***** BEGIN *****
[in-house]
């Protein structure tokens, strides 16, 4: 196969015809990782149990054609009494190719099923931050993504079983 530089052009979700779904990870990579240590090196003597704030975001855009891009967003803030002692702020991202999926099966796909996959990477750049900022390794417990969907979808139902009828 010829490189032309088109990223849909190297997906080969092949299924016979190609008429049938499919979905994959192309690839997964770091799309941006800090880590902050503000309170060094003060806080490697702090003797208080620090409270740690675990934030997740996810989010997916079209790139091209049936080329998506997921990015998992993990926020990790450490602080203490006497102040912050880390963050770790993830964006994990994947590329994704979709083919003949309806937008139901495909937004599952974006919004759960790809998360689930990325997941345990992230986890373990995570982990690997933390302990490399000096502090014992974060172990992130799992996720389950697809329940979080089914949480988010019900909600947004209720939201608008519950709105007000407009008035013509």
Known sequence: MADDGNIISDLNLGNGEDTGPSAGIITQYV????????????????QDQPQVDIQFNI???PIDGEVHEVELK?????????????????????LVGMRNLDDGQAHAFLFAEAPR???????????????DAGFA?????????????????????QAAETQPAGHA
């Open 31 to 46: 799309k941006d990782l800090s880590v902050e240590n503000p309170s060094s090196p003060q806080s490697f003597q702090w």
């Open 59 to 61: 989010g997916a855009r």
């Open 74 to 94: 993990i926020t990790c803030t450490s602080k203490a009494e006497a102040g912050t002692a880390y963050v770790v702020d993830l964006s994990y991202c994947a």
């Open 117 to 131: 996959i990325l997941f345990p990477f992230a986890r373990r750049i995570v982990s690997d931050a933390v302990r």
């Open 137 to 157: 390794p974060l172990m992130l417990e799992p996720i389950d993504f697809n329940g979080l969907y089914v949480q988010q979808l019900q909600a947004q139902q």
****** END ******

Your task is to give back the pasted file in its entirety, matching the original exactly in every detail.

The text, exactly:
[in-house]
């Protein structure tokens, strides 16, 4: 196969015809990782149990054609009494190719099923931050993504079983 530089052009979700779904990870990579240590090196003597704030975001855009891009967003803030002692702020991202999926099966796909996959990477750049900022390794417990969907979808139902009828 010829490189032309088109990223849909190297997906080969092949299924016979190609008429049938499919979905994959192309690839997964770091799309941006800090880590902050503000309170060094003060806080490697702090003797208080620090409270740690675990934030997740996810989010997916079209790139091209049936080329998506997921990015998992993990926020990790450490602080203490006497102040912050880390963050770790993830964006994990994947590329994704979709083919003949309806937008139901495909937004599952974006919004759960790809998360689930990325997941345990992230986890373990995570982990690997933390302990490399000096502090014992974060172990992130799992996720389950697809329940979080089914949480988010019900909600947004209720939201608008519950709105007000407009008035013509």
Known sequence: MADDGNIISDLNLGNGEDTGPSAGIITQYV????????????????QDQPQVDIQFNI???PIDGEVHEVELK?????????????????????LVGMRNLDDGQAHAFLFAEAPR???????????????DAGFA?????????????????????QAAETQPAGHA
């Open 31 to 46: 799309k941006d990782l800090s880590v902050e240590n503000p309170s060094s090196p003060q806080s490697f003597q702090w």
């Open 59 to 61: 989010g997916a855009r």
């Open 74 to 94: 993990i926020t990790c803030t450490s602080k203490a009494e006497a102040g912050t002692a880390y963050v770790v702020d993830l964006s994990y991202c994947a």
């Open 117 to 131: 996959i990325l997941f345990p990477f992230a986890r373990r750049i995570v982990s690997d931050a933390v302990r």
């Open 137 to 157: 390794p974060l172990m992130l417990e799992p996720i389950d993504f697809n329940g979080l969907y089914v949480q988010q979808l019900q909600a947004q139902q």